25/01/2016
genk_seismische_campagne_resultaten

Is renewable energy supply based on geothermal energy possible in the region As, Bilzen, Dilsen-Stokkem, Genk, Hasselt, Houthalen-Helchteren, Maaseik, Meeuwen-Gruitrode, Opglabbeek, Zonhoven and Zutendaal? VITO – in collaboration with EnergyVille – conducted a study in 2013 to determine this. The most visible part of the study, the seismic campaign took place in March 2015. The analysis of the measurement results now provide a better understanding of the parameters that determine the potential of deep geothermal energy. The combination of the depth at which the potential underground reservoir (Lower Carboniferous layer) is located and the presence of cracks, indicate a realistic geothermal potential. VITO/EnergyVille has already started a follow-up study to measure this potential in more detail. This study is part of the SALK project “Towards a sustainable energy supply in cities”. Also the aboveground potential for deep geothermal energy should be identified: is there a market for heat and/or electricity? To be continued.

Seismic study

The deep underground (under the coal-bearing strata) from Zutendaal to Meeuwen-Gruitrode still appeared to be a blank space on the map.

In the framework of the VITO project on the potential of deep geothermal energy in Flanders, VITO has been exploring this in more detail. The seismic measurement campaign was an important part in this. The coal mining caused a disrupted seismic signal which had to be taken into account in the analysis and calculations. The geologists knew that the layer, in which they had particular interest, the Lower Carboniferous layer, slopes down to the northeast relatively steep in the entire area. Finally, the vibration force of the thumper trucks are adapted in function of the urbanisation.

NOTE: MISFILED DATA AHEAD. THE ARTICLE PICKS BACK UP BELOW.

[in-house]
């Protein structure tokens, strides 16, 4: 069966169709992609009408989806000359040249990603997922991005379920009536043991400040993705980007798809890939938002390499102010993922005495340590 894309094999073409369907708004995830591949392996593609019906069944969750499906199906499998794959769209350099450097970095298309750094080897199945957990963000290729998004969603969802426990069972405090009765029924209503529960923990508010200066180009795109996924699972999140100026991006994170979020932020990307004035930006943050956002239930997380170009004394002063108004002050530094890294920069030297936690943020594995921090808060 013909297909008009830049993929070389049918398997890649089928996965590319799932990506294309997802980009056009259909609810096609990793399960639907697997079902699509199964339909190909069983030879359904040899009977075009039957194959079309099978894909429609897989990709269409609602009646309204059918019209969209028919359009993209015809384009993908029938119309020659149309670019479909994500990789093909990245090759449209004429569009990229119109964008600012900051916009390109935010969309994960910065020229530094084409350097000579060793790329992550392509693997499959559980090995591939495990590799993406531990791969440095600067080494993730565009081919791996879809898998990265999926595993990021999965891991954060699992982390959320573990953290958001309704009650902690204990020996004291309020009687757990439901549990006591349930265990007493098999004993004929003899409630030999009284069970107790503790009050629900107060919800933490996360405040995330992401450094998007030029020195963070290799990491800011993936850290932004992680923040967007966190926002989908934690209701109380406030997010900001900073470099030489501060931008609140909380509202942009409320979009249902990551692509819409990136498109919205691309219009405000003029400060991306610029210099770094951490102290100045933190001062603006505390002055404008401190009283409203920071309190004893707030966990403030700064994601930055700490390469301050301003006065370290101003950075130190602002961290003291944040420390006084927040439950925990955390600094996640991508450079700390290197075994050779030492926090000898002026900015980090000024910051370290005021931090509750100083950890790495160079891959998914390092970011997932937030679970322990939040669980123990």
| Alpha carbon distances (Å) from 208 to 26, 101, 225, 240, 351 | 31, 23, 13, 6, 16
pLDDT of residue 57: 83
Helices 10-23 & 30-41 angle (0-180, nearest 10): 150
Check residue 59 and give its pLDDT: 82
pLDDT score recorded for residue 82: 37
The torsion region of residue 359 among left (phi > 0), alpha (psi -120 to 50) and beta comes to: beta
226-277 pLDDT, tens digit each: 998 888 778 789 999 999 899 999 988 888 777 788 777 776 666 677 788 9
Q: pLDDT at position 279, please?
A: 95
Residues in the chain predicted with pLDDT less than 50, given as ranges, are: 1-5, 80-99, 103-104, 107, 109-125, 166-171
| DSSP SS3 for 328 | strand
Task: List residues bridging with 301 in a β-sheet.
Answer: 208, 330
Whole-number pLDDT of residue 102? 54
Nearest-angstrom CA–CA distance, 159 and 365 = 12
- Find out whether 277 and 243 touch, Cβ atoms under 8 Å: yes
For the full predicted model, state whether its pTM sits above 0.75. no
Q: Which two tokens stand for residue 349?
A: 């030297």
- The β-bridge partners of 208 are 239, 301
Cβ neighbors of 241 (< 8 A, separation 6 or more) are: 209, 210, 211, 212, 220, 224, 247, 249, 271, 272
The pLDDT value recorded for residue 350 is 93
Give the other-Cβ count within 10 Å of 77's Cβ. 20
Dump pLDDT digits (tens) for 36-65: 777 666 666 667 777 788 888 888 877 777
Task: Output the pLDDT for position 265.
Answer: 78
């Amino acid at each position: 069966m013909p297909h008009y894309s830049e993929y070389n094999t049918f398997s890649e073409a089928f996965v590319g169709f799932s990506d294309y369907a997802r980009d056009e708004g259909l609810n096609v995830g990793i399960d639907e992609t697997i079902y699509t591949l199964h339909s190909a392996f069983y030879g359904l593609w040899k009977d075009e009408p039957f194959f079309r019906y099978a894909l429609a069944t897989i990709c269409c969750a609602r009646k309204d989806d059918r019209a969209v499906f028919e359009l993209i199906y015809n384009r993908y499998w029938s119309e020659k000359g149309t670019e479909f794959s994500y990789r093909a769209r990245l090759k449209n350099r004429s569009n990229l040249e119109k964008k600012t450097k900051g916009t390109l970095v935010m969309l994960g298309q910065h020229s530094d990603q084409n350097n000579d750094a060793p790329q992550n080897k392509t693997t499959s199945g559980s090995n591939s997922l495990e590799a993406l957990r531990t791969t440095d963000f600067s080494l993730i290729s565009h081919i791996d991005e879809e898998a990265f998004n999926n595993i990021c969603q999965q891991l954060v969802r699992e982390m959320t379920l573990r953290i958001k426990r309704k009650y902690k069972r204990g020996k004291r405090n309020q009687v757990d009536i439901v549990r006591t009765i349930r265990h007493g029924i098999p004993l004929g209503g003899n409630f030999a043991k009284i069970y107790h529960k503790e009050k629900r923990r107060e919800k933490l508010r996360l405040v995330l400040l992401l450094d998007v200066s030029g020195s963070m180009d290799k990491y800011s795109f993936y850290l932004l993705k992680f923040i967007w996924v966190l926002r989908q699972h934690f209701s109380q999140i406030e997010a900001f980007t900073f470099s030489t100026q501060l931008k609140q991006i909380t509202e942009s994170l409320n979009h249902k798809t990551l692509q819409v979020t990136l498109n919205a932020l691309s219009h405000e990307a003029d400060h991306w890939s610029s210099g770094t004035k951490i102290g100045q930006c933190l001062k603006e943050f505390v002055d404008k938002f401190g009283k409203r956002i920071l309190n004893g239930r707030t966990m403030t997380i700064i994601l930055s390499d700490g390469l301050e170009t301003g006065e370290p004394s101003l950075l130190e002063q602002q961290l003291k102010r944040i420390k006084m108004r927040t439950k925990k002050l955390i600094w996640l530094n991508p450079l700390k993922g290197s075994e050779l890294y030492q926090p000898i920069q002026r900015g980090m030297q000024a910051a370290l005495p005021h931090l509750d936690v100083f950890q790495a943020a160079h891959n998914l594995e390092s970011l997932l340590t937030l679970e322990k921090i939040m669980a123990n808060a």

After a first analysis the measurement results were found to be reasonably well to good at a depth of 3 km, and are thus useful. A positive outcome.

First impression of the deep underground

With the measurement results, researchers were able to map the top of the potential reservoir and the location of the cracks in the underground. The location and operation (evolution over time) of the cracks are an important factor for geothermal energy, especially at great depths. The more recent the breaking operation, the greater the chance of enhanced permeability and therefore on deep geothermal energy. And the deeper the potential reservoir, the warmer the water will be. In the far north of this measurement study, ie Meeuwen-Gruitrode, the top of the Lower Carboniferous layer is located at a depth of approx. 2 900 m. This is similar to the exploratory drilling on the Balmatt site, where the top of the Lower Carboniferous layer is located at 3 170 m depth. The data from the exploratory drilling at Balmatt will also be relevant for this area.

The general conclusion is that the combination of the depth of the potential reservoir (Lower Carboniferous layer) and the presence of cracks indicate a realistic geothermal potential for central Limburg.

Next steps

VITO/EnergyVille has already started a follow-up study to measure this potential in more detail. This study is part of the SALK project “Towards a sustainable energy supply in cities” and runs until July 2018. Interim results could also determine a possible exploratory drilling.

Also the aboveground potential for deep geothermal energy should be identified: is there a market for heat and/or electricity? For this, VITO/EnergyVille is contacting the municipalities and companies but also municipal associations, primarily in the municipalities where the geothermal potential seems most promising.

VITO prepared this project thoroughly in cooperation with the municipalities involved, who informed the inhabitants of their territory of the steps in this project.

More info on deep geothermal energy

www.diepegeothermie.be
geothermie@vito.be

 

Illustration

The broad grey lines are the trajectories along which the seismic study has taken place. The time taken for the signal to bounce back from the top of the Lower Carboniferous layer is then converted to the corresponding depth (via depth-time conversion, based on a drilling in the vicinity and Dutch drilling operations).

Scale: Yellow = -1 km; light green = -2 km; blue = -3 km

 

 

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